Piercings and tattoos are works of art

Body modifications are meant to be seen and not hidden

Antonio Nevarez, Staff Writer

A butterfly tattoo.

When I was younger, I believed I would never modify my body in any way. My natural body was perfect. It is the way I was made, and I thought it was the way I was meant to be. I believed that if you modified your body in any way, you were ruining it and would later live to regret it. 

Once I entered middle school, I started to see my peers change their appearance in ways I didn’t expect for people so young and in school. My classmates were dying their hair, getting nose piercings and would often say, “once I turn 18, I am getting a tattoo.” 

My journey with self-expression through physical appearances started in eighth grade. I began to regularly dye my hair different colors throughout the year. If you knew me at the time, you would have seen me in my green hair era or my blue hair era or even my ‘‘it was supposed to be pink, but it turned orange and now I hate it” hair era. Hair was easy to experiment with because it helped me express my colorful personality. 

But at that point in time, I was strictly against the idea of ever getting tattoos, piercing my nose or getting a septum piercing. Why would I ever want to look like a bull? By the time I reached 12th grade, I had both a nose piercing and a septum piercing, with plans to cover my arms with tattoos. 

I am not sure what led me to this point in my life, but by the time I turned 17 I had learned the true purpose of body modification. Piercings and tattoos are not meant to be rebellious. They are art, an appreciation of art. 

To others, my septum ring may lead them to believe I am some sort of punk. Not because of what I say or how I behave but because of a metal ring in my nose, a metal ring that does not represent who I am as a person but instead compliments my character. But this idea is not shared with certain people whose opinions may determine whether or not I am employed.

I currently work at SeaTac Airport as a counter server, where employees are required to hide their tattoos and facial piercings. This requirement is not only disappointing but damaging. I am sure people that have considered modifying their body with a tattoo or a piercing have heard something like, “good luck finding a job with that on your body.” It is something I heard a lot growing up. But now that I have a tattoo of my own, I ask myself, why does it matter? It does not matter, but that is something not every employer would agree with.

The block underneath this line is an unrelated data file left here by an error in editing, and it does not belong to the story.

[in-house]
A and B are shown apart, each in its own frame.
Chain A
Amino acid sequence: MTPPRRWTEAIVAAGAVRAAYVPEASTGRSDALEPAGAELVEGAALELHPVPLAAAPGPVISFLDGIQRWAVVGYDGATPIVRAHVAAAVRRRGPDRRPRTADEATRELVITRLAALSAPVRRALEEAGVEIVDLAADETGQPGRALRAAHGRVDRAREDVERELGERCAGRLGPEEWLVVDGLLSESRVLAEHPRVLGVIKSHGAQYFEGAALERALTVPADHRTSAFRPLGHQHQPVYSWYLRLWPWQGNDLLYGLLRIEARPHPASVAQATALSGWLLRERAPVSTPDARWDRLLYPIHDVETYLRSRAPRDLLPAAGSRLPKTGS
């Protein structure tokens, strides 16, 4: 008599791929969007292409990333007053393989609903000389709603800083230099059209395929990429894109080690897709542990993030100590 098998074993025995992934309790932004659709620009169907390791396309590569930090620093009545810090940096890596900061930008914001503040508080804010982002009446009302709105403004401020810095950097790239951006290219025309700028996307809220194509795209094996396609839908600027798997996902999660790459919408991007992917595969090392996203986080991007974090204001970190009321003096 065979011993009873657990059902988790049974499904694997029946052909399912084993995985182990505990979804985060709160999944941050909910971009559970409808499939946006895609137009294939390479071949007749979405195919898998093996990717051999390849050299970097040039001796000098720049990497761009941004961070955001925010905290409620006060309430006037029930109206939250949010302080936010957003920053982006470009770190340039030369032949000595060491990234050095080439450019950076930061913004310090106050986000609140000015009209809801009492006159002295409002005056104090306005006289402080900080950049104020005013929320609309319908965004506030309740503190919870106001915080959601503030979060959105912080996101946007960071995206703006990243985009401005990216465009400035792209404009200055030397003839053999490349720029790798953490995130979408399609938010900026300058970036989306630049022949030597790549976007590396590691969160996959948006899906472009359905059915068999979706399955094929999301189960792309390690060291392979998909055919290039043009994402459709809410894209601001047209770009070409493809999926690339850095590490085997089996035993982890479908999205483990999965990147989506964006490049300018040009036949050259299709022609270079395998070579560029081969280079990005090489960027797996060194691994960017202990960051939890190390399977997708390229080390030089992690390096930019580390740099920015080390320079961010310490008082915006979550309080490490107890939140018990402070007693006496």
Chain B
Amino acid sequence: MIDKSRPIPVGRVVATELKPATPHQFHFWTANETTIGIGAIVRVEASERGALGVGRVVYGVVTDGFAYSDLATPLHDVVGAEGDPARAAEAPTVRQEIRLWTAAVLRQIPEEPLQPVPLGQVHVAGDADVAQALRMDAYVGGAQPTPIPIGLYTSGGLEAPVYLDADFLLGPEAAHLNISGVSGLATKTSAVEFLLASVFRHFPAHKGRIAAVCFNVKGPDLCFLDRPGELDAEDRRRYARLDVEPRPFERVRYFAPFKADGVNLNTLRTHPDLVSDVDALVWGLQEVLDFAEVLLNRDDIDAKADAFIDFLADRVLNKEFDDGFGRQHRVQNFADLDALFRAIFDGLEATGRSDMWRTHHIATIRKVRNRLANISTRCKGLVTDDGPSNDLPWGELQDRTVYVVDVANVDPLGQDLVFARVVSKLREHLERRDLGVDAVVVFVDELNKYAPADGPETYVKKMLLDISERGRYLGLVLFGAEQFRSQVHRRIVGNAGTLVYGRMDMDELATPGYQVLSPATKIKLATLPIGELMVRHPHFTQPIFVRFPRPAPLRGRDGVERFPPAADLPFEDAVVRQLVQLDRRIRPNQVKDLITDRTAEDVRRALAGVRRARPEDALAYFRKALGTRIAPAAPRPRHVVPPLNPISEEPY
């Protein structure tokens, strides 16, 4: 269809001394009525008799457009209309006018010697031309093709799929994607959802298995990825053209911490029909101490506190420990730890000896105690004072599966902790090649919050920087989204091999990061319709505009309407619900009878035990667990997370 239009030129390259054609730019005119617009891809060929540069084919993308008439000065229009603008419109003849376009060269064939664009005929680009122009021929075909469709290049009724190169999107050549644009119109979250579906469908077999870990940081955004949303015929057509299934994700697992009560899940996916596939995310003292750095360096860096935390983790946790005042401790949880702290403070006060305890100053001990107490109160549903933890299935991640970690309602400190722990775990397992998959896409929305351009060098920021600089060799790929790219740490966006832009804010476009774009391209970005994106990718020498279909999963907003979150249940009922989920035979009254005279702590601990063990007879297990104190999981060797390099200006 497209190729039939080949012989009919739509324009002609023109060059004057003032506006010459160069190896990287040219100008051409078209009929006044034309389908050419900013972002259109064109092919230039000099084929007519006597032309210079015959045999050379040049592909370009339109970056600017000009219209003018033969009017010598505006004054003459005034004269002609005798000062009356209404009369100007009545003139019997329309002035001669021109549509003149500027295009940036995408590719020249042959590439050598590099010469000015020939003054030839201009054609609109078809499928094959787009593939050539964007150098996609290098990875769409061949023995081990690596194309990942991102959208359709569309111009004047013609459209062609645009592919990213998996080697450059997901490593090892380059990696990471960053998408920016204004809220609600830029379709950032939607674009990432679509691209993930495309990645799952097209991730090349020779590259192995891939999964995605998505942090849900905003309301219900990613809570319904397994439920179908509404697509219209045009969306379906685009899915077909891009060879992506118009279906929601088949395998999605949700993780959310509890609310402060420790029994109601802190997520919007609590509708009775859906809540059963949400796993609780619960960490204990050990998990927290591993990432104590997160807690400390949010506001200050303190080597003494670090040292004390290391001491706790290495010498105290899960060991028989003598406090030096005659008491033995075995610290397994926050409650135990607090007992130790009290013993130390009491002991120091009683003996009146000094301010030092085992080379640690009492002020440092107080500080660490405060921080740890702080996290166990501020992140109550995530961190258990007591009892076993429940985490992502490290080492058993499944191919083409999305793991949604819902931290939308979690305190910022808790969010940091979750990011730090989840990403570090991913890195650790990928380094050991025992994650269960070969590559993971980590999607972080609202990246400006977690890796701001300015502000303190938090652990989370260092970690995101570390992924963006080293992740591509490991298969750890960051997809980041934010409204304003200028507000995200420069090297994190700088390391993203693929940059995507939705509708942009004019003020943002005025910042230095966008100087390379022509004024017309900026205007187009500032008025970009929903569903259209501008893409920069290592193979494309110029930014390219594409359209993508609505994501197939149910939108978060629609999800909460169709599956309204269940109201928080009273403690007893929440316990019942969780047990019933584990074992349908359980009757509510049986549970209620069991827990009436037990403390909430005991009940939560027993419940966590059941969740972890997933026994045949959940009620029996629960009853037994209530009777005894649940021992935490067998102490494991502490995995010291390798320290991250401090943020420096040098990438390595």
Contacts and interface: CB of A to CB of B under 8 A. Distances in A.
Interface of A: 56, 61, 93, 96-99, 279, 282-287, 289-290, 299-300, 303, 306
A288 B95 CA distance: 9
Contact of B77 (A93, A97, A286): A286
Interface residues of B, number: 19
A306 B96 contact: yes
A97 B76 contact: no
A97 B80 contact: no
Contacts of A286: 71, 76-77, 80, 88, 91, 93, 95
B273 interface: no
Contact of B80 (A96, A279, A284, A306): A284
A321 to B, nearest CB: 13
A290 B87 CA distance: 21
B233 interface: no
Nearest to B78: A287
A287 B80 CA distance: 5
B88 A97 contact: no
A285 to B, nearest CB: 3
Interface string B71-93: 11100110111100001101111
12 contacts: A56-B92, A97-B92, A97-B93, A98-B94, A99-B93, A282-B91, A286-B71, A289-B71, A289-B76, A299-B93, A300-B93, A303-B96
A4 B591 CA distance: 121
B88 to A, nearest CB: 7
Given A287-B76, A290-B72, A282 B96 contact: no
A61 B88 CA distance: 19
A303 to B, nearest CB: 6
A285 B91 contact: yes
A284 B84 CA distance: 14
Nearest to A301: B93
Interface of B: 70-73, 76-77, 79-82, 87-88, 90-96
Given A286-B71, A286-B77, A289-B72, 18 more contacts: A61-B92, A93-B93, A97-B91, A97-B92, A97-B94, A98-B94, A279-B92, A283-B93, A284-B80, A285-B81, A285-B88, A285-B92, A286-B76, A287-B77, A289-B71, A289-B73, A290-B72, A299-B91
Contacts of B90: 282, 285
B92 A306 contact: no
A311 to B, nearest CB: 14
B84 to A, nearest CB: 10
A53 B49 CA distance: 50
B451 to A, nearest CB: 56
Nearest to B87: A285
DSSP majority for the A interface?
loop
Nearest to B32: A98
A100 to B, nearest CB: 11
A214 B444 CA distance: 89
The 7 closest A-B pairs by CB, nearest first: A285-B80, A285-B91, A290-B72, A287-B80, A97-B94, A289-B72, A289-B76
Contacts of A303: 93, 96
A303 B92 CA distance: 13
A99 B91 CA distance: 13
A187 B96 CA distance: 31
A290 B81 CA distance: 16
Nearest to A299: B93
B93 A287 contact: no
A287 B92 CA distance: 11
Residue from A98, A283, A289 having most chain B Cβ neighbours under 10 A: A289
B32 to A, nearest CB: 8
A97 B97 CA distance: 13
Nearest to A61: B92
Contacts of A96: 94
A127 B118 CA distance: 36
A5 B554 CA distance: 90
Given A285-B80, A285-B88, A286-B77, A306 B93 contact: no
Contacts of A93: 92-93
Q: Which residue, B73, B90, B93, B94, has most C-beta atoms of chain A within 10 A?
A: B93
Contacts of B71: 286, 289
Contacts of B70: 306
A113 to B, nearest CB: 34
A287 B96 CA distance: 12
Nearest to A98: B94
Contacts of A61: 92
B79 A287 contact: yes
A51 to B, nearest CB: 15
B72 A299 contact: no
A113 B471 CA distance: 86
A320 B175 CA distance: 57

On my right arm, I have a tattoo that depicts a butterfly resting on top of a pinecone. I love this tattoo with all my heart because it is in tribute to my sister. But my workplace sees it as unprofessional. My favorite piercing is my septum piercing, but it is seen as inappropriate. My employers believe that if customers see my body modifications, it will make the company look bad. However, these modifications have become part of me. By hiding my beloved piercings and tattoo it feels as though I am being forced to conceal who I really am. 

As a business, I understand why it is important to want customers to see their employees as clean and professional. But as an employee that interacts with nearly 300 customers a day, I have noticed something that I have in common with many of them. Customers have tattoos too. They have septum rings. They have piercings that you may not see every day. They have body modifications just like me. So if customers have the same modifications as me, why do I need to hide mine for the sake of looking professional?

If you don’t have piercings or tattoos of your own, then you may not understand what it is like for people that do. When I’m without my septum ring, it feels like a part of me is missing. When I need to cover my tattoo, it feels like hiding a work of art from the world. 

People looking for a job should not have to worry about whether or not they should remove their studs, rings and cover their tattoos before an interview. By refusing to hire someone because of their body modifications, employers are proving that they are truly out of touch with their own workers and potential workers. The taboo nature of tattoos and piercings in the workforce is an old mindset that needs to end, and nobody should be rejected for the work of art that is their body.